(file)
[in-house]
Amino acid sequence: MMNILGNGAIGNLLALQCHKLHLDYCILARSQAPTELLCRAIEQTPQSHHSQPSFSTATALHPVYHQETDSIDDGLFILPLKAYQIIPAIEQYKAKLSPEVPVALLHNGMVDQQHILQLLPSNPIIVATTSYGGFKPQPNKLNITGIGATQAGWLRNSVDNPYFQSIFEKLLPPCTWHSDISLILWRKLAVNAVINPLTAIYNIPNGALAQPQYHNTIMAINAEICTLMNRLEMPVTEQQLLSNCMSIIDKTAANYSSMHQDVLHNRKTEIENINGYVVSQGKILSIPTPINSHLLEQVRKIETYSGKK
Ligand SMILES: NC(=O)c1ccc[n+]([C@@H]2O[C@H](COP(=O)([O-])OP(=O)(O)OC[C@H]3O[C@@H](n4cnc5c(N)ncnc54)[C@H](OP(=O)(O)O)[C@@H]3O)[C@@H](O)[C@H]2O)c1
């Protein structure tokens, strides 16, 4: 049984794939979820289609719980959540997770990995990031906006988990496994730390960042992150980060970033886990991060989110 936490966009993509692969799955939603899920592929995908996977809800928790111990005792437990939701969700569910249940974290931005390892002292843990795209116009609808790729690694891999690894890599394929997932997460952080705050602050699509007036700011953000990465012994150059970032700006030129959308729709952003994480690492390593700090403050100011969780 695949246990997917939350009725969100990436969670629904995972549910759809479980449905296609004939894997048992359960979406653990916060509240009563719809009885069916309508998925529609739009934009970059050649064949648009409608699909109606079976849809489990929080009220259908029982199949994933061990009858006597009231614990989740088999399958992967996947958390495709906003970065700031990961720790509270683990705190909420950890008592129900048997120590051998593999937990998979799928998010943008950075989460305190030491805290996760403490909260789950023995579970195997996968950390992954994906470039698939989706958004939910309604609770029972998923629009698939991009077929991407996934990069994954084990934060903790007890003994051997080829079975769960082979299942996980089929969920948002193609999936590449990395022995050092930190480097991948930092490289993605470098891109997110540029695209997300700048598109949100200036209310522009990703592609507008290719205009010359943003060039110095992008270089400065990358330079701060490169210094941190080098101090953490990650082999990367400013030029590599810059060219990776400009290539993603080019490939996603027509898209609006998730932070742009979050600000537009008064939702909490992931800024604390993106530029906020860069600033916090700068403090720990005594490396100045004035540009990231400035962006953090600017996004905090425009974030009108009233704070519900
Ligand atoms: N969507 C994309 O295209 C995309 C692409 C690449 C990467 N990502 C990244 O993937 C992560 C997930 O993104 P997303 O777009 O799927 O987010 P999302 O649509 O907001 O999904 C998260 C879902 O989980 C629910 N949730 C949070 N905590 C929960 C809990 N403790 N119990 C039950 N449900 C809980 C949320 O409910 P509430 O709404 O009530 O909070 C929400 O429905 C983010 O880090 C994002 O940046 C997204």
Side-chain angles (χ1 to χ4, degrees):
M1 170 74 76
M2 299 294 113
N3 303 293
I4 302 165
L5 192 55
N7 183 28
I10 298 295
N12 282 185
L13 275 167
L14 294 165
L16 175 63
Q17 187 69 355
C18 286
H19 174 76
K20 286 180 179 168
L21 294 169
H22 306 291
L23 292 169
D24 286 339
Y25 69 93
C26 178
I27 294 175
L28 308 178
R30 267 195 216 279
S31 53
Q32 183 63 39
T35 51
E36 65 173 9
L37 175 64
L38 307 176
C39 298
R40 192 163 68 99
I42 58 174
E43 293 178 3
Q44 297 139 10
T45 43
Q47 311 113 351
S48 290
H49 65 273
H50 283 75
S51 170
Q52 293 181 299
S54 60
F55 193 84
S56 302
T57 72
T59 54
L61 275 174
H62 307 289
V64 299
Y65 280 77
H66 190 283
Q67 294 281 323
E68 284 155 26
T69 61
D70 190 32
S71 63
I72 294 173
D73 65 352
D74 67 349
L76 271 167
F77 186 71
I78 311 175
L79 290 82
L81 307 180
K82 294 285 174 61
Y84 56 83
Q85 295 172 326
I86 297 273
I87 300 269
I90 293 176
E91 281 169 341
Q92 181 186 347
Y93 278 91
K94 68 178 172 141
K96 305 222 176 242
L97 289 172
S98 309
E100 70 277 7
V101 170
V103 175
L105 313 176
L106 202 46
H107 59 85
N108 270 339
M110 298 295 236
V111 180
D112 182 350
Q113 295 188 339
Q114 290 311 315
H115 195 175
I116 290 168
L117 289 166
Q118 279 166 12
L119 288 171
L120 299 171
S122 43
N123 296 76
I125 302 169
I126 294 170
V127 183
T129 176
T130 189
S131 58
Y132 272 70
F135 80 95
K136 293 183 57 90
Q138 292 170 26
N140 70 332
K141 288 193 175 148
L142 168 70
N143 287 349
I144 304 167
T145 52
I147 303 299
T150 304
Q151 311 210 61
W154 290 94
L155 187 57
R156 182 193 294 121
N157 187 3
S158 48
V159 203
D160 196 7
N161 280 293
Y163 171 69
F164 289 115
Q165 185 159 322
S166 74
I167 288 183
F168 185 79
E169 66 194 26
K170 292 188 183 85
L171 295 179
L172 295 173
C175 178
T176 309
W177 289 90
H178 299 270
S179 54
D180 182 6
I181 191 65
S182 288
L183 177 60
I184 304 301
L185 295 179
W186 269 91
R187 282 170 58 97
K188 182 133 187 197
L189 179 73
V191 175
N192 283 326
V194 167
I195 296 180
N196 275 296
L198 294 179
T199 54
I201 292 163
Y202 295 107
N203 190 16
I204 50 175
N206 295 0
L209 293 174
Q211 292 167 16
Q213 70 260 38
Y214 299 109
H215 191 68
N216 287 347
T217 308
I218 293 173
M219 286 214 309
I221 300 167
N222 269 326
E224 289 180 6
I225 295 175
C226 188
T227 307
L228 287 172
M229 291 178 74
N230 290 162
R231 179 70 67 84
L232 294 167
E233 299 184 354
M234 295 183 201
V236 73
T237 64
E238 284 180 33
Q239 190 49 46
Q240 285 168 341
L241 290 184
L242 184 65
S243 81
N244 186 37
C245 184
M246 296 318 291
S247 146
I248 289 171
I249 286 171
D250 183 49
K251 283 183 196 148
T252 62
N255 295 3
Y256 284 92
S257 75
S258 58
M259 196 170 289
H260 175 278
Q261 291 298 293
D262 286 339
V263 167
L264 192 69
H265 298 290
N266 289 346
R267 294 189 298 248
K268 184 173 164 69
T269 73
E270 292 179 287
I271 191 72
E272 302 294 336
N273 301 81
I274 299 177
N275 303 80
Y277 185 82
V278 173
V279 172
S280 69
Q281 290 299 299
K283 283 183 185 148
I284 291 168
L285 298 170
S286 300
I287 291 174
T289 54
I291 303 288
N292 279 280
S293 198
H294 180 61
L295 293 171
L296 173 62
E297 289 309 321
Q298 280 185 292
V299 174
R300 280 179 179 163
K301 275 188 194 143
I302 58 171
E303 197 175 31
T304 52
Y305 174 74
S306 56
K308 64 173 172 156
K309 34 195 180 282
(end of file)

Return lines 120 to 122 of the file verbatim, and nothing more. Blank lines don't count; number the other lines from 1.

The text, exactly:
T145 52
I147 303 299
T150 304